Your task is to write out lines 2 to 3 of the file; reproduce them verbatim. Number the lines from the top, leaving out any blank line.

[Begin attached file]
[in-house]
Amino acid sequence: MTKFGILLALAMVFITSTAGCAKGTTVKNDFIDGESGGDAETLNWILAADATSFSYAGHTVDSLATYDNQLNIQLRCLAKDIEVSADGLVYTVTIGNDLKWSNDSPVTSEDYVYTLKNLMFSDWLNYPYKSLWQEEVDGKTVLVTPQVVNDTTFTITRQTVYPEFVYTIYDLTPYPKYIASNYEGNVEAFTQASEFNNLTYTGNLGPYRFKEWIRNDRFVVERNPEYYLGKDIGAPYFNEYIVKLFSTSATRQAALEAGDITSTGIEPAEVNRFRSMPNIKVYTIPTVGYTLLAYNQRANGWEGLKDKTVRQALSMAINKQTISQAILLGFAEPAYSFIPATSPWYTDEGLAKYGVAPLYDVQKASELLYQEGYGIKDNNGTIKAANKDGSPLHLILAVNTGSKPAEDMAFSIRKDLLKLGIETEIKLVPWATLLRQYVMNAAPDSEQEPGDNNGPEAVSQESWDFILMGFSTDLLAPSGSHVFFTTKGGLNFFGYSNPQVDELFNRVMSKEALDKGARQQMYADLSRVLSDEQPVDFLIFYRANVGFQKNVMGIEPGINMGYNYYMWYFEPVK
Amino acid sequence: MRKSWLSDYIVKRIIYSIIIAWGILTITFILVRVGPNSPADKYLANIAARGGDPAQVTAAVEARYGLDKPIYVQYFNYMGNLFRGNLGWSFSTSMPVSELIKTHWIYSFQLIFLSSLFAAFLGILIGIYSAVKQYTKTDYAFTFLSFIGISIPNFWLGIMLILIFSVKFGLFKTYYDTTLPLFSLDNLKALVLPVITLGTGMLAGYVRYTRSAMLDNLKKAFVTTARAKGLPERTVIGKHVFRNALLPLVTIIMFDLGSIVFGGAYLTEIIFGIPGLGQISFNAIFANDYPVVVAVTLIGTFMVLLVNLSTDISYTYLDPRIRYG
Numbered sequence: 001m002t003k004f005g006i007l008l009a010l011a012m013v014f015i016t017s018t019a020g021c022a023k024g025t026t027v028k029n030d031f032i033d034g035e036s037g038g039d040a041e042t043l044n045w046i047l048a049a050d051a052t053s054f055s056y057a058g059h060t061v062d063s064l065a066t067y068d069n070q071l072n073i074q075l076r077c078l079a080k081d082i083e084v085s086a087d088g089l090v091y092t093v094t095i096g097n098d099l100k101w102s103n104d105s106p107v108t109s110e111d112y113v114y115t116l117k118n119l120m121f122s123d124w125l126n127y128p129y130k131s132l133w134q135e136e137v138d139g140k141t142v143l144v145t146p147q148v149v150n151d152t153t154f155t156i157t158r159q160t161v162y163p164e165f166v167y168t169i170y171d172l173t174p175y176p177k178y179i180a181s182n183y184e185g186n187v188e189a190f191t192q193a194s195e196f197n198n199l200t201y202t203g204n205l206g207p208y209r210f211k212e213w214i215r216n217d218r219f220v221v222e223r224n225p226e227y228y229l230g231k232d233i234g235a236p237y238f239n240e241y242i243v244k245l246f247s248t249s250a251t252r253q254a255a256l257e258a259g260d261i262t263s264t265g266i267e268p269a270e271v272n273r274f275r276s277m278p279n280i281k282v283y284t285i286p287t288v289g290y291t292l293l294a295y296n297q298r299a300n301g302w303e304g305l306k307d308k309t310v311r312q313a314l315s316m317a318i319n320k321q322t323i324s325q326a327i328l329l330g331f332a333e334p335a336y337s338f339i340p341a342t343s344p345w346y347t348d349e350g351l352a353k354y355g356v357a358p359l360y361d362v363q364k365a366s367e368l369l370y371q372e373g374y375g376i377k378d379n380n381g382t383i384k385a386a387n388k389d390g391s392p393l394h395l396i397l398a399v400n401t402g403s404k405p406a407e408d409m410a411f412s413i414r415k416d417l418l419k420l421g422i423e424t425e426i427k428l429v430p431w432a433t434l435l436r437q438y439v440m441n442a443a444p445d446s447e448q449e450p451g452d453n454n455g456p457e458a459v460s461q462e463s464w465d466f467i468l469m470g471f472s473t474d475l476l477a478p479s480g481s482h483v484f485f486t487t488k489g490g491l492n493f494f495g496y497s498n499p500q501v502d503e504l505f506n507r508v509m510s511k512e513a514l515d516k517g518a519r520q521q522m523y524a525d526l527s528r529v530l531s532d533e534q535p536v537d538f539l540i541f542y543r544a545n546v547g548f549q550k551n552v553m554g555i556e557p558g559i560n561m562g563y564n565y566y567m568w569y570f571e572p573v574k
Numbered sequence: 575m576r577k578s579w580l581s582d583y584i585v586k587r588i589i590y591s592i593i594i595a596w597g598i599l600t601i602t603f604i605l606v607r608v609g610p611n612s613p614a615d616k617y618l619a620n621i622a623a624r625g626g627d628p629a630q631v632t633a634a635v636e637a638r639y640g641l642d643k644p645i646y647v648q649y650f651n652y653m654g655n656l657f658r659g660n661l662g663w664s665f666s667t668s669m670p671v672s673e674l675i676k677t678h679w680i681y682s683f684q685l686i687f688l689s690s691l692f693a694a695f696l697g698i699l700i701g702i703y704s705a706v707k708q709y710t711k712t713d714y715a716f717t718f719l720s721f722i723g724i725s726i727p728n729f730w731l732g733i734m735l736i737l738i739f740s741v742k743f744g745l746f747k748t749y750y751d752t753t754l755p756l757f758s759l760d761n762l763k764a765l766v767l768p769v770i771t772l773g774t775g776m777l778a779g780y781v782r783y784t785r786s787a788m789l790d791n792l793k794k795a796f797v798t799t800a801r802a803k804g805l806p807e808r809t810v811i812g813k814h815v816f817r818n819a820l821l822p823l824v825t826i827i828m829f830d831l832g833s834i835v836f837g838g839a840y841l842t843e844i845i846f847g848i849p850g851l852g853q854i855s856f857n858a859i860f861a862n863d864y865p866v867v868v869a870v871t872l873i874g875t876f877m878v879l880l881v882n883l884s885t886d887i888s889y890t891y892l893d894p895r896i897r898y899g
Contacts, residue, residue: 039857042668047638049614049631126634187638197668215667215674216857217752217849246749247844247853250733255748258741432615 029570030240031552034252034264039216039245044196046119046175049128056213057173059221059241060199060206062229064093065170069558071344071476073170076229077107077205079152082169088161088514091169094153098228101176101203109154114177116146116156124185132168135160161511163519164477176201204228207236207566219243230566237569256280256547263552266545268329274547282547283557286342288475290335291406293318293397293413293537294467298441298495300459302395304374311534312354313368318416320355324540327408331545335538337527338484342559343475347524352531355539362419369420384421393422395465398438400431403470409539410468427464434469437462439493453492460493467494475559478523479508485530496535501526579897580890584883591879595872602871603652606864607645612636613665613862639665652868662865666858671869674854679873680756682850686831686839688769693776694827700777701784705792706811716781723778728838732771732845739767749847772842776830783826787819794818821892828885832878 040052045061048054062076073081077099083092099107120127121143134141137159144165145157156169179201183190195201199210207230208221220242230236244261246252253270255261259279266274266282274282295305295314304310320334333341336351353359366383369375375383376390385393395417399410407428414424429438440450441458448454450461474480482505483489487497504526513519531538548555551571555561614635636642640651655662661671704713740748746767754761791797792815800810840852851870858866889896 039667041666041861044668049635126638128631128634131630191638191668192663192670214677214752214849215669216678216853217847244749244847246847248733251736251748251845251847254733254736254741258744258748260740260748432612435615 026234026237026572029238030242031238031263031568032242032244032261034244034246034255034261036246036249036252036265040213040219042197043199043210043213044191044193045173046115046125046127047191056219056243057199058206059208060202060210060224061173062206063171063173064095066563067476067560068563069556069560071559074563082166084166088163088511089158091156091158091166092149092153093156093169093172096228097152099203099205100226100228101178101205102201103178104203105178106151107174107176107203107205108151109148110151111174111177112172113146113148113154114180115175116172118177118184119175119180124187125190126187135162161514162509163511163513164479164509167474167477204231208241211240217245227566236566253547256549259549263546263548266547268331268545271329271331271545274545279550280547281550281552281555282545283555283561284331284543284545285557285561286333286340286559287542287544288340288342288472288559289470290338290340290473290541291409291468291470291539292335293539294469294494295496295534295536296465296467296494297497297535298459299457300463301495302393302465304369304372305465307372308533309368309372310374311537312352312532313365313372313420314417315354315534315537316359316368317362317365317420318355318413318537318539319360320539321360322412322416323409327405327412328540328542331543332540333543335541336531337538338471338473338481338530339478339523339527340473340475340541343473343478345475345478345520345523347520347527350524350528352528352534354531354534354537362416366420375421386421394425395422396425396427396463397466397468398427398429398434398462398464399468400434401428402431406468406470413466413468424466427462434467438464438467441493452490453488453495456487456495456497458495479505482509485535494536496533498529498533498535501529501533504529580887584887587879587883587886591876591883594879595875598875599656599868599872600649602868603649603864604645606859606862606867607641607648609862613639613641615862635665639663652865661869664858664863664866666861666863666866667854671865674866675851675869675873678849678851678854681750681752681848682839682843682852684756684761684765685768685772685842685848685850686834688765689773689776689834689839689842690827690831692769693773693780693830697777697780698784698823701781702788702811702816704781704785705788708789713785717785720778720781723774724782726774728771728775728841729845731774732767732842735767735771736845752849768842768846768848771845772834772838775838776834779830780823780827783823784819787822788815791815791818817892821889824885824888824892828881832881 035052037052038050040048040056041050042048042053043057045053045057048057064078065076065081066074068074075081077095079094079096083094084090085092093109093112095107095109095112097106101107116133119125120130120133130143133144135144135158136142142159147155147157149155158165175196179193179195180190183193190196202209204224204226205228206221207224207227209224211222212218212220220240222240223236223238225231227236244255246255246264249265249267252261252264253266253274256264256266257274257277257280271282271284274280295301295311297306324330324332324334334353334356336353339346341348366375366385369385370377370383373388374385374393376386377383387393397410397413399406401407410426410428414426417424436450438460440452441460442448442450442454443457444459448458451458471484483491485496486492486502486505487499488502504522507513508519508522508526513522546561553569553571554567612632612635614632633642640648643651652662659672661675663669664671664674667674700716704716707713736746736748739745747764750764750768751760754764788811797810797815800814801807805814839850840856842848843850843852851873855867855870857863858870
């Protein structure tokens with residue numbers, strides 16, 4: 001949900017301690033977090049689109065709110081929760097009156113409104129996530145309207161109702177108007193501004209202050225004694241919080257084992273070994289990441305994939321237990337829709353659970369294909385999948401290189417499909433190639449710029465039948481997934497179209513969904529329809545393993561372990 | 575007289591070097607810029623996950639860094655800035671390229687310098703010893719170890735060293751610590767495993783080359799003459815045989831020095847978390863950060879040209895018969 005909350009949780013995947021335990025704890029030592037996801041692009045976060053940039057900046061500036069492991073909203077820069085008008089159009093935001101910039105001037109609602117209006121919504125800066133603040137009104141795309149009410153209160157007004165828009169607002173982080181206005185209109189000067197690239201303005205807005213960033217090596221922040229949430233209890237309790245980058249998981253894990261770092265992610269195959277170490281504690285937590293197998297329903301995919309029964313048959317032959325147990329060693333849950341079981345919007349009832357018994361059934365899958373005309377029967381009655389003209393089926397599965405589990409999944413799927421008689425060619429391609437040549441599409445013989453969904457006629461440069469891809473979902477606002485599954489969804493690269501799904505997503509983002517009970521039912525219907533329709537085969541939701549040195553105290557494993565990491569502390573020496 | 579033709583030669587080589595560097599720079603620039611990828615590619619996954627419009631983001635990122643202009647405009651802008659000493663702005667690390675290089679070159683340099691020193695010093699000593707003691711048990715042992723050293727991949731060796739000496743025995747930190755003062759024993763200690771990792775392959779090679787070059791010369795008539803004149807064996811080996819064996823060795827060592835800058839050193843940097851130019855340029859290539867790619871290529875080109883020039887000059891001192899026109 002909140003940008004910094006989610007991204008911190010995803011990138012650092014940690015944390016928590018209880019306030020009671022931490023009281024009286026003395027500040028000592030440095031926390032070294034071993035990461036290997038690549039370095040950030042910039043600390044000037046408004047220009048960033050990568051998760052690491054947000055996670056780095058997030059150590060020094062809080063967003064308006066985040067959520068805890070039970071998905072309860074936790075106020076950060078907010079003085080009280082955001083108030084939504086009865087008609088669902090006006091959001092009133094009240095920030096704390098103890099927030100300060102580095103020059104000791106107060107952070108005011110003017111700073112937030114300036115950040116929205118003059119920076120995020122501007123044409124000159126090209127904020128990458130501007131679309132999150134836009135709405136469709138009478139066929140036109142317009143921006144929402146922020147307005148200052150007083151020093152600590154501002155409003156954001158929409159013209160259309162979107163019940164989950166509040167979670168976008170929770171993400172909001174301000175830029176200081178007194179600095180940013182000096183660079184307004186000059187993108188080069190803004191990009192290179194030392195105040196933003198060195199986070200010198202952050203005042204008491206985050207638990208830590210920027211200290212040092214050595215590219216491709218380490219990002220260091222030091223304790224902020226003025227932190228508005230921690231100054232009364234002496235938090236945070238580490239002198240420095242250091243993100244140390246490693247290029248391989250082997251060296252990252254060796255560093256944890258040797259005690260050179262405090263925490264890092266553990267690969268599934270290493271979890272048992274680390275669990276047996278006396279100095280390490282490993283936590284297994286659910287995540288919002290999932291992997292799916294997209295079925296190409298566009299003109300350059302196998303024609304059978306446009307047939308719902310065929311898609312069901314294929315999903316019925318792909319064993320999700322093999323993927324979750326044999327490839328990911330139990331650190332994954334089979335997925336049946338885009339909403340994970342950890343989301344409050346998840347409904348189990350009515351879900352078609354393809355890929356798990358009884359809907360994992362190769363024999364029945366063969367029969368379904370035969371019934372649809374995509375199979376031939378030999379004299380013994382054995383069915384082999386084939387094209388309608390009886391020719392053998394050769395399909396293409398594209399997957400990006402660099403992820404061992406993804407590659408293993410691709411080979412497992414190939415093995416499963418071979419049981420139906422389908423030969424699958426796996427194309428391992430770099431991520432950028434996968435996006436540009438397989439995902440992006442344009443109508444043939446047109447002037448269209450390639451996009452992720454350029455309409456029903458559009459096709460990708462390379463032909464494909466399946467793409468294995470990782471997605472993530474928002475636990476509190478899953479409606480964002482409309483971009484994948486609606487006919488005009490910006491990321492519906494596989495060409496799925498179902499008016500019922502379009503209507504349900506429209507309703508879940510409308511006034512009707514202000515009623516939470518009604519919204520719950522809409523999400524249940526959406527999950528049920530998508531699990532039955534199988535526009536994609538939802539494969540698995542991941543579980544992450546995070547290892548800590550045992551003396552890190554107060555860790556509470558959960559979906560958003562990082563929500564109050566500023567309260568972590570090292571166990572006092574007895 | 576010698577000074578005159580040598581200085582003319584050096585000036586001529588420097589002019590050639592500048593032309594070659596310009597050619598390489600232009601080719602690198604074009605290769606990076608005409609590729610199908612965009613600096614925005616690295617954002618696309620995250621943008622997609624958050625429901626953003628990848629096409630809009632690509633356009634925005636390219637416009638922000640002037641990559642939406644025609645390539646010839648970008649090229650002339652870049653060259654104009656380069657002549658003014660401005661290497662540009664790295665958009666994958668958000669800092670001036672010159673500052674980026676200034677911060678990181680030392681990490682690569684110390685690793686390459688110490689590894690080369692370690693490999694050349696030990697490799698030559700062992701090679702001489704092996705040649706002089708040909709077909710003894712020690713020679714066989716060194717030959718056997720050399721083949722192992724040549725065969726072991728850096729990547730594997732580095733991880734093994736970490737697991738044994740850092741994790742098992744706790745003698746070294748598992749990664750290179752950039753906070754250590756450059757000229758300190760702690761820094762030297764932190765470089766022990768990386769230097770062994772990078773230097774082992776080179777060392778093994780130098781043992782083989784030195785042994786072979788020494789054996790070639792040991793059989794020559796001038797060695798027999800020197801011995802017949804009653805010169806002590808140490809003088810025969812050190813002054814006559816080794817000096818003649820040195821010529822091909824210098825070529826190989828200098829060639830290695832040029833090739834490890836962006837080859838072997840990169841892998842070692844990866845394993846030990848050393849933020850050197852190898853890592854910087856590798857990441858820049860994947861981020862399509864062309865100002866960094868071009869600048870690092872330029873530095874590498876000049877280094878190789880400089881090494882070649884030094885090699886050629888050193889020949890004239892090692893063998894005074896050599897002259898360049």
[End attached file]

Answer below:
Amino acid sequence: MTKFGILLALAMVFITSTAGCAKGTTVKNDFIDGESGGDAETLNWILAADATSFSYAGHTVDSLATYDNQLNIQLRCLAKDIEVSADGLVYTVTIGNDLKWSNDSPVTSEDYVYTLKNLMFSDWLNYPYKSLWQEEVDGKTVLVTPQVVNDTTFTITRQTVYPEFVYTIYDLTPYPKYIASNYEGNVEAFTQASEFNNLTYTGNLGPYRFKEWIRNDRFVVERNPEYYLGKDIGAPYFNEYIVKLFSTSATRQAALEAGDITSTGIEPAEVNRFRSMPNIKVYTIPTVGYTLLAYNQRANGWEGLKDKTVRQALSMAINKQTISQAILLGFAEPAYSFIPATSPWYTDEGLAKYGVAPLYDVQKASELLYQEGYGIKDNNGTIKAANKDGSPLHLILAVNTGSKPAEDMAFSIRKDLLKLGIETEIKLVPWATLLRQYVMNAAPDSEQEPGDNNGPEAVSQESWDFILMGFSTDLLAPSGSHVFFTTKGGLNFFGYSNPQVDELFNRVMSKEALDKGARQQMYADLSRVLSDEQPVDFLIFYRANVGFQKNVMGIEPGINMGYNYYMWYFEPVK
Amino acid sequence: MRKSWLSDYIVKRIIYSIIIAWGILTITFILVRVGPNSPADKYLANIAARGGDPAQVTAAVEARYGLDKPIYVQYFNYMGNLFRGNLGWSFSTSMPVSELIKTHWIYSFQLIFLSSLFAAFLGILIGIYSAVKQYTKTDYAFTFLSFIGISIPNFWLGIMLILIFSVKFGLFKTYYDTTLPLFSLDNLKALVLPVITLGTGMLAGYVRYTRSAMLDNLKKAFVTTARAKGLPERTVIGKHVFRNALLPLVTIIMFDLGSIVFGGAYLTEIIFGIPGLGQISFNAIFANDYPVVVAVTLIGTFMVLLVNLSTDISYTYLDPRIRYG